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Jefty, owner of a roadhouse in a backwoods town, hires sultry, tough-talking torch singer Lily Stevens against the advice of his manager Pete Morgan. Jefty is smitten with Lily, who in turn exerts her charms on the more resistant Pete. When Pete finally falls for her and she turns down Jefty's marriage proposal, they must face Jefty's murderous jealousy and his twisted plots to "punish" the two. Written by
Rod Crawford <firstname.lastname@example.org>
In a 1969 interview, director Jean Negulesco recalled that when Fox studio chief Darryl F. Zanuck gave him the assignment to direct 'Road House', Zanuck told him, "This is a bad script. Three directors have refused it. They don't know what they're doing, because basically it's quite good. Remember those pictures we used to make at Warner Bros., with Pat O'Brien and Jimmy Cagney, in which every time the action flagged we staged a fight and every time a man passed a girl she'd adjust her stocking or something, trying to be sexy? That's the kind of picture we have to have with 'Road House.'" See more »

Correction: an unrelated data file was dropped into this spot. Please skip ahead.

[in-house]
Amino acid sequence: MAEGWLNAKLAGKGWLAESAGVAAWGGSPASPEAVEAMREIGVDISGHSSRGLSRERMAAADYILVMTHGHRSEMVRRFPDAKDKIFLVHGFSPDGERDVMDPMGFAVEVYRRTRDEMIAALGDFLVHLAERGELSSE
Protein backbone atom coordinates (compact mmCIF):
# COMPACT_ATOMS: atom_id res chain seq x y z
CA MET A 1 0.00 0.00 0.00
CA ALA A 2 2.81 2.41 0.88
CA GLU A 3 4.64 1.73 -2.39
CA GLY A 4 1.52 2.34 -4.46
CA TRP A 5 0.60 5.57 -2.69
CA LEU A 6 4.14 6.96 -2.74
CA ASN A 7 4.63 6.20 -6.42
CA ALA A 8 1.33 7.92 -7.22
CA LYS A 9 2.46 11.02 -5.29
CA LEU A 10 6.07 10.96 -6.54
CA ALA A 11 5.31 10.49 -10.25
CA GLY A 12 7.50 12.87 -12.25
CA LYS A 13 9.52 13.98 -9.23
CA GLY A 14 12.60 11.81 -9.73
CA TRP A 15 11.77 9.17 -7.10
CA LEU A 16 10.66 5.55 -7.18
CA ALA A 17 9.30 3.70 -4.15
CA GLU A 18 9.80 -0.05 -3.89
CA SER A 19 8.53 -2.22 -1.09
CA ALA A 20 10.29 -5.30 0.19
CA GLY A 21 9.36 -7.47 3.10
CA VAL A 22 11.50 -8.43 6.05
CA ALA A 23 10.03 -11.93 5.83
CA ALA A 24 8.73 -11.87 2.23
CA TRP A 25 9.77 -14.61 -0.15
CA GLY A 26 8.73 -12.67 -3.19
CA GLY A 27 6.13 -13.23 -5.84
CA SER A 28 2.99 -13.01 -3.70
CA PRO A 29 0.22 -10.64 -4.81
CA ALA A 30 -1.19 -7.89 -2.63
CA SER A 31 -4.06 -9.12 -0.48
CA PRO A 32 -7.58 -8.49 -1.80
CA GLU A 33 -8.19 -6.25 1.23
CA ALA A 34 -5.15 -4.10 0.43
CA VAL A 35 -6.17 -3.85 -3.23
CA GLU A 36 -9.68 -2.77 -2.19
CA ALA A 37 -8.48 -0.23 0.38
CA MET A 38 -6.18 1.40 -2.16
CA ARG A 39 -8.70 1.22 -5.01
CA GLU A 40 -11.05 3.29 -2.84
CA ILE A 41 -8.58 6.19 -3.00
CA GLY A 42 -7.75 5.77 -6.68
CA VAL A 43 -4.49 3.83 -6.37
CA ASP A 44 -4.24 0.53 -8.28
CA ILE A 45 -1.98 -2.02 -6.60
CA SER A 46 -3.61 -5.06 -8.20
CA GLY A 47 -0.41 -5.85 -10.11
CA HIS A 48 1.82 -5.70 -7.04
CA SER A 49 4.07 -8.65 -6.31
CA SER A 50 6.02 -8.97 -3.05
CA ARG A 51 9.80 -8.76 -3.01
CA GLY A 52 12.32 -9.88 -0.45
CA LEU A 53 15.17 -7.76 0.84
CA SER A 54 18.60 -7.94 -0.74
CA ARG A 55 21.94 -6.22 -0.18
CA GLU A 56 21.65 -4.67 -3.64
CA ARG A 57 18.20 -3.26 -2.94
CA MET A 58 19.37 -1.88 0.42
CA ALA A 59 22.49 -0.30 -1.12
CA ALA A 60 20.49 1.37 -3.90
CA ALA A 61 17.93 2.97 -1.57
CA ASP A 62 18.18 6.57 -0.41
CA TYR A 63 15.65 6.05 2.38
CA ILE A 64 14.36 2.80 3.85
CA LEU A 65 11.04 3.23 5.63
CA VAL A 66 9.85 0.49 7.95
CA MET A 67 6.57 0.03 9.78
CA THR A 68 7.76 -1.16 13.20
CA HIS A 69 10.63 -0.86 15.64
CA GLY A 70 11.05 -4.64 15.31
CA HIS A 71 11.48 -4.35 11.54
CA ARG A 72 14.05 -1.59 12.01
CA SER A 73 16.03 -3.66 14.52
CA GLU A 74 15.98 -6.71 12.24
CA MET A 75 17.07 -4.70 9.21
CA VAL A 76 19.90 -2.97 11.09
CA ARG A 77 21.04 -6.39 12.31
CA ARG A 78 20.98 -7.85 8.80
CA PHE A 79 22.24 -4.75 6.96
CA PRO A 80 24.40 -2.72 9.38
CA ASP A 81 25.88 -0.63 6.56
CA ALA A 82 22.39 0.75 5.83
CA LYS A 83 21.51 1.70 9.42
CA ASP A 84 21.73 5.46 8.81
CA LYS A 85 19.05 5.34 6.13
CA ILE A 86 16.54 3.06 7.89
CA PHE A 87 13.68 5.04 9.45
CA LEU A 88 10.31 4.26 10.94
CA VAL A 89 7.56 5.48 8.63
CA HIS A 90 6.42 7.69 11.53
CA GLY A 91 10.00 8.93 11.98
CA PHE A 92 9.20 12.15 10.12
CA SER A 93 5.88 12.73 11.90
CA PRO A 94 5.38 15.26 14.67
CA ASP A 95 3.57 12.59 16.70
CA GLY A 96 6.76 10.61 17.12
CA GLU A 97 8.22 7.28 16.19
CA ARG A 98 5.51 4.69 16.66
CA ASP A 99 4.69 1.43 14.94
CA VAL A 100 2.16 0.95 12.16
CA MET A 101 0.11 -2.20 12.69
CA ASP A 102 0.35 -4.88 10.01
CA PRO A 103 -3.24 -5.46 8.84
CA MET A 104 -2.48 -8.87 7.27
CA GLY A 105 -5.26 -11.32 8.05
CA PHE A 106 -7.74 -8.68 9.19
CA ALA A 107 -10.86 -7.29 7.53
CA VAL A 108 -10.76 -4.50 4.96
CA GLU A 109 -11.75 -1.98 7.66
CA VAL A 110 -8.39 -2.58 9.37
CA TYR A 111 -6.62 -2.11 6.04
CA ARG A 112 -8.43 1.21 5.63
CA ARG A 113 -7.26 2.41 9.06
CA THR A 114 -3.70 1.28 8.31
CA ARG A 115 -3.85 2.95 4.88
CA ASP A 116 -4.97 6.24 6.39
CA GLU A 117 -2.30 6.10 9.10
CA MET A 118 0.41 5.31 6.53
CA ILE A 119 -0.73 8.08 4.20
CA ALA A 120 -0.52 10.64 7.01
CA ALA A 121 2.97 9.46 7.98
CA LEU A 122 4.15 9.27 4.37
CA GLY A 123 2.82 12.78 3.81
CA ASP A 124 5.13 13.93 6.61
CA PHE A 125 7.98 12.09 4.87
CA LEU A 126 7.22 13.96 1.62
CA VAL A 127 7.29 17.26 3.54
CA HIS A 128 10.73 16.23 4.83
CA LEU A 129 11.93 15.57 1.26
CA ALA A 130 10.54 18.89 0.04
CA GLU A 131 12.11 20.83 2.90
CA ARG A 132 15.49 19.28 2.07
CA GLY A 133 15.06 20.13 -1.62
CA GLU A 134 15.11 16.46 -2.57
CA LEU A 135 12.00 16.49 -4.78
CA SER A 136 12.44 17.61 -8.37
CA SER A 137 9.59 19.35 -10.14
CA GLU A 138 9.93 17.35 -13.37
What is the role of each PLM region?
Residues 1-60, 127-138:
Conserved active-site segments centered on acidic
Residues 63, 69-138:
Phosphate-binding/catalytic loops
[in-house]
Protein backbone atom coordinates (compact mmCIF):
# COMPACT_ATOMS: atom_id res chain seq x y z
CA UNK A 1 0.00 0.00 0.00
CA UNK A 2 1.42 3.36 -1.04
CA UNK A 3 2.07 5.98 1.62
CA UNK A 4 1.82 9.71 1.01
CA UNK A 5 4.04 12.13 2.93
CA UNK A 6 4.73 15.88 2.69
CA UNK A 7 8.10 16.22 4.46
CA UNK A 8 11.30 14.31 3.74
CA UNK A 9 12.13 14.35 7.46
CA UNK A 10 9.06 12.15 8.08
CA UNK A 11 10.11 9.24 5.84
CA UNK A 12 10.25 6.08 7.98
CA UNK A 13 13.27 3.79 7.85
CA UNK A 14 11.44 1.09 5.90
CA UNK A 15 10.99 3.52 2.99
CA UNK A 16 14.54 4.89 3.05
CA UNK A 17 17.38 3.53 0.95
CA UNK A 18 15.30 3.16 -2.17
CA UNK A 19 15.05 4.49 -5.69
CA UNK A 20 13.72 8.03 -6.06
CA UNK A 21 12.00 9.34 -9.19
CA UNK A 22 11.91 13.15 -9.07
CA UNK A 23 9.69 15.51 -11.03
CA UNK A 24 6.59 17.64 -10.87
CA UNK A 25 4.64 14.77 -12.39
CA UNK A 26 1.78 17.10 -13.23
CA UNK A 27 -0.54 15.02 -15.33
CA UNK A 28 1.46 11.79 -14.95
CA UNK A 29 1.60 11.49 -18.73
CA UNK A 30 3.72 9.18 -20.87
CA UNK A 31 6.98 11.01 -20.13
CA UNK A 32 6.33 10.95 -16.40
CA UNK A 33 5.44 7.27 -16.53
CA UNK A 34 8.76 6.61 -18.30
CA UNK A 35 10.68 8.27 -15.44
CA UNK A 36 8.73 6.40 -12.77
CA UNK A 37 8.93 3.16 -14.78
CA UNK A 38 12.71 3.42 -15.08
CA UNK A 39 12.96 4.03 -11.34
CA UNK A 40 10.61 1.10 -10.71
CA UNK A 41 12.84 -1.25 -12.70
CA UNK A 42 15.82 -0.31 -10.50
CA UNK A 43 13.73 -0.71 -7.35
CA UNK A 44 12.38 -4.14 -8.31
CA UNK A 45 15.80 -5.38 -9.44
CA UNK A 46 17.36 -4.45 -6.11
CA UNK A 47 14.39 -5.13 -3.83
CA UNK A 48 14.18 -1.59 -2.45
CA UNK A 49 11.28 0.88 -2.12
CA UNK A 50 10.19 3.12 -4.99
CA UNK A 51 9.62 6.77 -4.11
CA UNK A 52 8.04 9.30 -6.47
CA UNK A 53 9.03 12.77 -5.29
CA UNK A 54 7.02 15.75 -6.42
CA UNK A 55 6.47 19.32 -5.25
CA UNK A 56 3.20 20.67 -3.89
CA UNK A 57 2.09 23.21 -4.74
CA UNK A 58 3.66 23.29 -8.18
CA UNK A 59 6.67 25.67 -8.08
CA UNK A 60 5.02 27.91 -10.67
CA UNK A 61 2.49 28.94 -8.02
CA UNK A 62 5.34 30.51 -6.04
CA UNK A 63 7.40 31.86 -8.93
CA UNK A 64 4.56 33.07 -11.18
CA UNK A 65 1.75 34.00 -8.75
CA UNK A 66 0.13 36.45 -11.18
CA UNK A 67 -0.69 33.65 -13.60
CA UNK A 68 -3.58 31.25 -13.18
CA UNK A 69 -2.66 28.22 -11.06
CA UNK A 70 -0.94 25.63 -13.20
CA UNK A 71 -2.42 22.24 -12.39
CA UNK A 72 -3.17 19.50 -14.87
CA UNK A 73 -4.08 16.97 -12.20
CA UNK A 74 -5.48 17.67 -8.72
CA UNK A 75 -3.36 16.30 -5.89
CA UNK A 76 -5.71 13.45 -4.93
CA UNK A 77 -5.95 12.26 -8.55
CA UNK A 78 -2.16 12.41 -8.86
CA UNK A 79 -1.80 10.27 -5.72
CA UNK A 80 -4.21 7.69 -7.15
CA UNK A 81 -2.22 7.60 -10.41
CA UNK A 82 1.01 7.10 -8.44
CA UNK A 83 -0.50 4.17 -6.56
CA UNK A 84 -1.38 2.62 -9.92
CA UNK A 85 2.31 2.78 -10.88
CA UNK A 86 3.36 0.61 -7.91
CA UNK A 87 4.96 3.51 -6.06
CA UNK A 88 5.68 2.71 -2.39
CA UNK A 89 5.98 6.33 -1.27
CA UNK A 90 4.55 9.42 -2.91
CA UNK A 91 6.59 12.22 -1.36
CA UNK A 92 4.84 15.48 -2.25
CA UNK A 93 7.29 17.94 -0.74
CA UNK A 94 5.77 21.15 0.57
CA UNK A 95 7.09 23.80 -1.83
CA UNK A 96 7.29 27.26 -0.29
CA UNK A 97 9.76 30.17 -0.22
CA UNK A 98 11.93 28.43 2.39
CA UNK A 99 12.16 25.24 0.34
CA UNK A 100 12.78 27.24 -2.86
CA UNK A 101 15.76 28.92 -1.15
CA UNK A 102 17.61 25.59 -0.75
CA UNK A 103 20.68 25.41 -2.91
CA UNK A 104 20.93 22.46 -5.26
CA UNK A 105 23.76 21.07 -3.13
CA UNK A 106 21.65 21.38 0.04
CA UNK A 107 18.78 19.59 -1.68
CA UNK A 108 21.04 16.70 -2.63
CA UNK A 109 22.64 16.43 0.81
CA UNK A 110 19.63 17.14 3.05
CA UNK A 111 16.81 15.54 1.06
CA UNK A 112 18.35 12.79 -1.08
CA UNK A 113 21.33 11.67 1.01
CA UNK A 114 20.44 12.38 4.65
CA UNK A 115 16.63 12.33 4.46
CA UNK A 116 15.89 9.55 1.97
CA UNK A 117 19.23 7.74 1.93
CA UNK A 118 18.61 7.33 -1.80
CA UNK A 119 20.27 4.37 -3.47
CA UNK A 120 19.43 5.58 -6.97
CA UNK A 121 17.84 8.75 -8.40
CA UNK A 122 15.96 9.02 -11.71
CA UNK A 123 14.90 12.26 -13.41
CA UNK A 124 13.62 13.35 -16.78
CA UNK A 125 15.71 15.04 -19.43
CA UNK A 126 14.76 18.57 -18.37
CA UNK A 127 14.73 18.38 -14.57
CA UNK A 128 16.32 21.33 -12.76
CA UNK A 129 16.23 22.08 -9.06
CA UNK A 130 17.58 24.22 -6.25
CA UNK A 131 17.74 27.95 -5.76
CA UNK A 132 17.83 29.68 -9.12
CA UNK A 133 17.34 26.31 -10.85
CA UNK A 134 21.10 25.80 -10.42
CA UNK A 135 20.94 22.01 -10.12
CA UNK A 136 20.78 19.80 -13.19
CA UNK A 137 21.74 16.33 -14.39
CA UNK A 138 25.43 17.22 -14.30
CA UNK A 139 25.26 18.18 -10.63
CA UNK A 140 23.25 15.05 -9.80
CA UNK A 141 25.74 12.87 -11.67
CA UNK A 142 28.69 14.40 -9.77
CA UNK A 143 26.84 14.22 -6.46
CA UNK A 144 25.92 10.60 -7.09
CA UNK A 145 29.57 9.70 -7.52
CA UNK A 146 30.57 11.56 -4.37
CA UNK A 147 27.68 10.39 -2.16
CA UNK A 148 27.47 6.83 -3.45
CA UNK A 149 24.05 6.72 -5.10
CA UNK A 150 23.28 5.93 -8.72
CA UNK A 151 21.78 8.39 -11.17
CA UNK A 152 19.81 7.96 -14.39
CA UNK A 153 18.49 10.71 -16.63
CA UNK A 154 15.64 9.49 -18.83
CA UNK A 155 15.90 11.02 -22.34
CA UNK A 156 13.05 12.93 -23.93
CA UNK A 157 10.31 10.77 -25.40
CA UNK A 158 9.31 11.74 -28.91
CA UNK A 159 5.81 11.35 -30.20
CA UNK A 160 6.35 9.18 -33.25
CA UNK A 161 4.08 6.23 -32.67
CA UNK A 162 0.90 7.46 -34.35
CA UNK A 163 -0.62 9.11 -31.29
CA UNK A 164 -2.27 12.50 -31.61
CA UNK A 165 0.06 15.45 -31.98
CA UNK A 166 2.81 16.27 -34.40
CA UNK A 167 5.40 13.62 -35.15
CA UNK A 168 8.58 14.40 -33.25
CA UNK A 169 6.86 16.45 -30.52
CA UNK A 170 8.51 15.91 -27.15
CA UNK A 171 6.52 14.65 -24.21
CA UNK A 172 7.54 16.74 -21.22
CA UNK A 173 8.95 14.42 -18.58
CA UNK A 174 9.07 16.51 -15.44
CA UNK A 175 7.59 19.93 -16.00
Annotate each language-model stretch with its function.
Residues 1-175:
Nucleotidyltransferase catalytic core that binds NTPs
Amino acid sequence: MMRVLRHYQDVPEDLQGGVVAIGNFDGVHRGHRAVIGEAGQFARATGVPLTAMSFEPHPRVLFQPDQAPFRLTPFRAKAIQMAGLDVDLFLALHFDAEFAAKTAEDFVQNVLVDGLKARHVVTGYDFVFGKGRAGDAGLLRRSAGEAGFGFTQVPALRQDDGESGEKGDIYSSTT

This was a very interesting character study of three people: "LIly Stevens" (Ida Lupino), "Jefty Robbins" (Richard Widmark) and "Pete Morgan" (Cornel Wilde).
The two guys are attracted to Lupino, who prefers good-guy Wilde. The scorned Widmark then gets his revenge. This film was a year after Widmark played sadistic killer "Tommy Udo" in "Kiss Of Death" and his character in this movie isn't too far removed from Udo. In both films, Widmark provides the spark when the story needed it.
That's not to say the rest of the cast isn't good, too, but Widmark playing these psycho villains is just fascinating and just stands out. Another fine thespian is Celeste Holm, who also is in this picture but with a role that did not stand out. I can't even remember what she did in here, although it's been awhile since I've seen this. Hopefully, this film noir will be issued on DVD some day.
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